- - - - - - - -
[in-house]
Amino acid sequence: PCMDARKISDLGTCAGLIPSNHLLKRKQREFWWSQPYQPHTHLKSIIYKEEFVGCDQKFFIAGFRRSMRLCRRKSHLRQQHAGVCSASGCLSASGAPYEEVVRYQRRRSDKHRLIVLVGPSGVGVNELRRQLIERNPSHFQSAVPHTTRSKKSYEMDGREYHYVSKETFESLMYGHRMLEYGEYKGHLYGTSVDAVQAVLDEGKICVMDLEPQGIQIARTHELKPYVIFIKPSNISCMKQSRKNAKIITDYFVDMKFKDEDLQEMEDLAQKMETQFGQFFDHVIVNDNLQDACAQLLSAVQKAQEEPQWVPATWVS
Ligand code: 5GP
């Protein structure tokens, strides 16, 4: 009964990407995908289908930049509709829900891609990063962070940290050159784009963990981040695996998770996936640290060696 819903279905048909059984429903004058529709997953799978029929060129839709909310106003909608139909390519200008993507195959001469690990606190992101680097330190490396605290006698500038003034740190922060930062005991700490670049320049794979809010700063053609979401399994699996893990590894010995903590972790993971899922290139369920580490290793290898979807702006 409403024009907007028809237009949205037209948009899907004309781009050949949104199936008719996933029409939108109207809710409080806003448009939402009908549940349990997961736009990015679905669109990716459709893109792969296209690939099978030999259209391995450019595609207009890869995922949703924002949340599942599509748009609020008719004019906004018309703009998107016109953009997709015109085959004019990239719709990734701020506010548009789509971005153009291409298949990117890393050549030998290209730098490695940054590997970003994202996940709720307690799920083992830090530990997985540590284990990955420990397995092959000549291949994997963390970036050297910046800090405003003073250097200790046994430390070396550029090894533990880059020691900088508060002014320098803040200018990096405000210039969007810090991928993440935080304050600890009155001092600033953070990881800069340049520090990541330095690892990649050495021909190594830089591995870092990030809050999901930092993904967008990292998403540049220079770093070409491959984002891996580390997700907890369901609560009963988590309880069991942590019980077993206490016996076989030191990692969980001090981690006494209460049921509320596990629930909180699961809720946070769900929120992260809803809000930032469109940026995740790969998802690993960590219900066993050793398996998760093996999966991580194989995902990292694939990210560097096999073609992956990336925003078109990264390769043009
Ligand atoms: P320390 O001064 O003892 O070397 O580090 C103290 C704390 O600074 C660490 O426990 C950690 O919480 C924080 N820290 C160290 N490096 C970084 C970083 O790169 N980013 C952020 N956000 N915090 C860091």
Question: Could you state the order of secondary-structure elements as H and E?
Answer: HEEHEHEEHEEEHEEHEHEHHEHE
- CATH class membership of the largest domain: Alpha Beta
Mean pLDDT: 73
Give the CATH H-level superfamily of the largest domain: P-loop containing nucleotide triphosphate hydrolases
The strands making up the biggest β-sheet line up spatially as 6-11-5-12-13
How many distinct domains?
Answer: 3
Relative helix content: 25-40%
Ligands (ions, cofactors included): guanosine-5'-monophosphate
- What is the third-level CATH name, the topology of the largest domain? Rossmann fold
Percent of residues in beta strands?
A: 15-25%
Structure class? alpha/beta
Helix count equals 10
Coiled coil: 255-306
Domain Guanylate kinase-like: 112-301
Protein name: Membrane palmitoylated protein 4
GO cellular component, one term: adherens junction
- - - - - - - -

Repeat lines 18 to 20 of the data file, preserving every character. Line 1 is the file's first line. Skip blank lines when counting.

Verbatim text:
A: 15-25%
Structure class? alpha/beta
Helix count equals 10